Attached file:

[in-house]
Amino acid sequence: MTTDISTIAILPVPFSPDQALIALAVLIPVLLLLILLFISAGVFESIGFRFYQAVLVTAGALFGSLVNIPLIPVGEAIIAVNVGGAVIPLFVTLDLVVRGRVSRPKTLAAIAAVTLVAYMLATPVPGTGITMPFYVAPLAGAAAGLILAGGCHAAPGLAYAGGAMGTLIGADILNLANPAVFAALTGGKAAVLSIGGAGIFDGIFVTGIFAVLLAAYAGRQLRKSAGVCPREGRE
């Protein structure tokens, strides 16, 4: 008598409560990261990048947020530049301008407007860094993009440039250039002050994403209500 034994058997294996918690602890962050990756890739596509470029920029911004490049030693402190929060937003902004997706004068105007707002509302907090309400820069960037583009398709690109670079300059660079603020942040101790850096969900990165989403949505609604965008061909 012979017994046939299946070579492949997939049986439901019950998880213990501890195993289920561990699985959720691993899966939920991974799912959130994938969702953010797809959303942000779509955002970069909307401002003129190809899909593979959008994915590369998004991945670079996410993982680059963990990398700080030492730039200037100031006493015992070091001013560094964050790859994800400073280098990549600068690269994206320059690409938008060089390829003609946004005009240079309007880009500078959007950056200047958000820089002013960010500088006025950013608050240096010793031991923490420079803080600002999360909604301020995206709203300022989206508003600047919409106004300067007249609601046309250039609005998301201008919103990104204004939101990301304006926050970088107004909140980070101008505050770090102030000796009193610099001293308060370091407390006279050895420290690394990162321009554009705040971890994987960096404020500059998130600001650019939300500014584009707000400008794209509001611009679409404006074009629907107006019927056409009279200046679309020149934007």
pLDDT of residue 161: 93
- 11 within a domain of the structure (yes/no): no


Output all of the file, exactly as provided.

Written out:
[in-house]
Amino acid sequence: MTTDISTIAILPVPFSPDQALIALAVLIPVLLLLILLFISAGVFESIGFRFYQAVLVTAGALFGSLVNIPLIPVGEAIIAVNVGGAVIPLFVTLDLVVRGRVSRPKTLAAIAAVTLVAYMLATPVPGTGITMPFYVAPLAGAAAGLILAGGCHAAPGLAYAGGAMGTLIGADILNLANPAVFAALTGGKAAVLSIGGAGIFDGIFVTGIFAVLLAAYAGRQLRKSAGVCPREGRE
């Protein structure tokens, strides 16, 4: 008598409560990261990048947020530049301008407007860094993009440039250039002050994403209500 034994058997294996918690602890962050990756890739596509470029920029911004490049030693402190929060937003902004997706004068105007707002509302907090309400820069960037583009398709690109670079300059660079603020942040101790850096969900990165989403949505609604965008061909 012979017994046939299946070579492949997939049986439901019950998880213990501890195993289920561990699985959720691993899966939920991974799912959130994938969702953010797809959303942000779509955002970069909307401002003129190809899909593979959008994915590369998004991945670079996410993982680059963990990398700080030492730039200037100031006493015992070091001013560094964050790859994800400073280098990549600068690269994206320059690409938008060089390829003609946004005009240079309007880009500078959007950056200047958000820089002013960010500088006025950013608050240096010793031991923490420079803080600002999360909604301020995206709203300022989206508003600047919409106004300067007249609601046309250039609005998301201008919103990104204004939101990301304006926050970088107004909140980070101008505050770090102030000796009193610099001293308060370091407390006279050895420290690394990162321009554009705040971890994987960096404020500059998130600001650019939300500014584009707000400008794209509001611009679409404006074009629907107006019927056409009279200046679309020149934007």
pLDDT of residue 161: 93
- 11 within a domain of the structure (yes/no): no